I just joined this forum because of a confusional migraine I had last week that scared the daylights out of my family and two small children. Have had migraines for 25 years and never anything like this. I was so sick I thought I had food poisoning and headed to the ER where the aura started. I became disoriented quickly to the point where I couldn't recognize my family and didn't know my name. I lost hours of memory. I was so delerious they did a spinal tap, MRI, CT, and EEG and finally knocked me out with heavy tranquilizers. I woke up still cognitively impaired and slept for days afterward and had migraine pain for days. My language and multitasking are still a little off after 6 days. Hunting around online they seem benign but so rare that they don't often get diagnosed. Guess I was lucky to have a keen neurologist up here in mid-Maine. Anyone else?

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Re: Migraines, fainting, confusion

Post  CluelessKitty on Tue May 25, 2010 5:55 pm

Hi sweetie just remembered I read about low blood pressure recently and thought of you, and meant to sent you this but I forgot, so sorry:
#
Low blood pressure from faulty brain signals (neurally
mediated hypotension). This disorder causes blood pressure to drop after standing for long periods, leading to symptoms such as dizziness, nausea and fainting.

Neurally mediated hypotension mostly affects young people, and it seems to occur because of a miscommunication between the heart and the brain. When you stand for extended periods, your blood pressure falls as blood pools in your legs. Normally, your body then makes adjustments to normalize your blood pressure. But in people with neurally mediated hypotension, nerves in the heart's left ventricle actually signal the brain that blood pressure is too high, rather than too low, and so the brain lessens the heart rate, decreasing blood pressure even further. This causes more blood to pool in the legs and less blood to reach the brain, leading to lightheadedness and fainting.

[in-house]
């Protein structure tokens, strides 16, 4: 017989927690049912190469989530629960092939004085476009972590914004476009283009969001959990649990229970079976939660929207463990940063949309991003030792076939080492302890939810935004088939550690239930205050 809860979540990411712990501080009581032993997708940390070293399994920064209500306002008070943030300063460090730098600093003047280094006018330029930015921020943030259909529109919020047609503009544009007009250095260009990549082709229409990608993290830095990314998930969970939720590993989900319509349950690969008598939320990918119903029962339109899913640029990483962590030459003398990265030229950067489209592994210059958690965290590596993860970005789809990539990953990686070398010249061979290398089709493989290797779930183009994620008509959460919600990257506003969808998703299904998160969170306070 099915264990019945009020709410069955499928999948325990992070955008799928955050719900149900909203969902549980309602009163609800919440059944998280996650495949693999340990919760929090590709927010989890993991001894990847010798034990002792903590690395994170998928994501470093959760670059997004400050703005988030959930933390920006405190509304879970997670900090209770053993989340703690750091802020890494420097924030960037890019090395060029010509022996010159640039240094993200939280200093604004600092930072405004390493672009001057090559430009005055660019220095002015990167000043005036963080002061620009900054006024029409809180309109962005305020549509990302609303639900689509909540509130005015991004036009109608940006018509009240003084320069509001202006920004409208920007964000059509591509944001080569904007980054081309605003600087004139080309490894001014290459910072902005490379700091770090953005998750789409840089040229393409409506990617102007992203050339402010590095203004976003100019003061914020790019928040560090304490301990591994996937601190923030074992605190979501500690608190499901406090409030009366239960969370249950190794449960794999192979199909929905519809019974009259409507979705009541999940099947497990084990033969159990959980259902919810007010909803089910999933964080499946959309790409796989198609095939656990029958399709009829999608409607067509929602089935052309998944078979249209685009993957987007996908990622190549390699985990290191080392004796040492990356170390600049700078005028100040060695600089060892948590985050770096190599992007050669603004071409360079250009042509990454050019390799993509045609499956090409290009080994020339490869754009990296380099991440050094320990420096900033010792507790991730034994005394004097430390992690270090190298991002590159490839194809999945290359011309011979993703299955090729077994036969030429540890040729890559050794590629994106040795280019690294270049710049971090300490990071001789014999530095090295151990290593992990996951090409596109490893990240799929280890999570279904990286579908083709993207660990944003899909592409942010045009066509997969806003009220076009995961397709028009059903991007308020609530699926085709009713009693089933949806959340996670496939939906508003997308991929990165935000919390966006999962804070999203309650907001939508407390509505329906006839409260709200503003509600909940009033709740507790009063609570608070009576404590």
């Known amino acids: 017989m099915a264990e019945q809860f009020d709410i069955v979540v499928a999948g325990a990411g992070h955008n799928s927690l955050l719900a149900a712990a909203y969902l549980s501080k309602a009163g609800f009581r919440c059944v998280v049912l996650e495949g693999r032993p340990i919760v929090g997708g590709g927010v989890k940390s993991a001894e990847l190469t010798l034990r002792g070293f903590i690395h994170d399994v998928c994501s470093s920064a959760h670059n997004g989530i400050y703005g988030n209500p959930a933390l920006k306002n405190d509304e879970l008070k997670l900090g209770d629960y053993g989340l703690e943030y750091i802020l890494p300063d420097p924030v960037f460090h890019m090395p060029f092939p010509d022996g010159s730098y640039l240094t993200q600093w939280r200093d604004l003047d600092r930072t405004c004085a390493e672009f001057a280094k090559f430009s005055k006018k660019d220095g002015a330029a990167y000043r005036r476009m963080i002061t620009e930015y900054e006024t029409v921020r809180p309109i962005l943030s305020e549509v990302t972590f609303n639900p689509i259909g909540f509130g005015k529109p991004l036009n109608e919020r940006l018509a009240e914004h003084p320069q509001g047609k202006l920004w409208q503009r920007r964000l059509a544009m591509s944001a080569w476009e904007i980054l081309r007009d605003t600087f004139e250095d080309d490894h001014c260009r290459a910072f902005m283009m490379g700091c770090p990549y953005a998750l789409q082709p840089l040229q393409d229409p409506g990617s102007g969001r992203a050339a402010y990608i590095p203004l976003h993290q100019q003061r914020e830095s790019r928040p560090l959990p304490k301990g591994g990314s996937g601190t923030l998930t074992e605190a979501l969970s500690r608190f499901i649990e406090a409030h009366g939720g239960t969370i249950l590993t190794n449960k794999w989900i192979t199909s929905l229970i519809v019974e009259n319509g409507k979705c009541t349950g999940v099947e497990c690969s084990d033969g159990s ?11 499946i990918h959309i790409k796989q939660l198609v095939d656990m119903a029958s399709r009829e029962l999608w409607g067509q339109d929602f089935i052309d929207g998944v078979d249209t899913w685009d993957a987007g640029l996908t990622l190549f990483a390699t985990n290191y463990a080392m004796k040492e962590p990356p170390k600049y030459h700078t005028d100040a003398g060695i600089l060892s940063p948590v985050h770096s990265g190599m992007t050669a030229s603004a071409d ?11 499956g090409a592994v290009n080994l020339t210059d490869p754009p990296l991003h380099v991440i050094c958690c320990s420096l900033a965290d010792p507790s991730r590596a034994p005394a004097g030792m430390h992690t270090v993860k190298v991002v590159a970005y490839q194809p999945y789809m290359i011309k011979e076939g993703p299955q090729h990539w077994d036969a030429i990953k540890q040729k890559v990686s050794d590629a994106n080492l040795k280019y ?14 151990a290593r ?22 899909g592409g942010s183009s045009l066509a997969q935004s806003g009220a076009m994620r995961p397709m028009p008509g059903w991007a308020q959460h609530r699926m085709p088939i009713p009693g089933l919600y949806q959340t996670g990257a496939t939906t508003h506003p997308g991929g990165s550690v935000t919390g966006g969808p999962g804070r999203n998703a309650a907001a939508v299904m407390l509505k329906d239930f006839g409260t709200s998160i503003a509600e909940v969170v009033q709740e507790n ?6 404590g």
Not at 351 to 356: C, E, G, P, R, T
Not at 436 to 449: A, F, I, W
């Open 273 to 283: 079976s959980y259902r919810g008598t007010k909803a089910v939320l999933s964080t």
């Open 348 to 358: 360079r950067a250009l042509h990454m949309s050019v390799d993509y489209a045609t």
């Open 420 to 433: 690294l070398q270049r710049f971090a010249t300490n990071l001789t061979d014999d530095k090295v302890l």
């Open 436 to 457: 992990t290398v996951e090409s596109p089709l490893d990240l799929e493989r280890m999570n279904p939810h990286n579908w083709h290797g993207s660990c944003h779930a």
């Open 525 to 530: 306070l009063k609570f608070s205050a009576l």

# Low blood pressure due to nervous system damage (multiple system atrophy with orthostatic hypotension). Also called Shy-Drager syndrome, this rare disorder causes progressive damage to the autonomic nervous system, which controls involuntary functions such as blood pressure, heart rate, breathing and digestion. Although this condition can be associated with muscle tremors, slowed movement, problems with coordination and speech, and incontinence, its main characteristic is severe orthostatic hypotension in combination with very high blood pressure when lying down. Multiple system atrophy can't be cured and usually proves fatal within seven to 10 years of diagnosis.


http://www.mayoclinic.com/health/low-blood-pressure/ds00590/dsection=causes


Probably it's useless, but I thought maybe you can use any bit of info. Hugs, sweetie.

Risa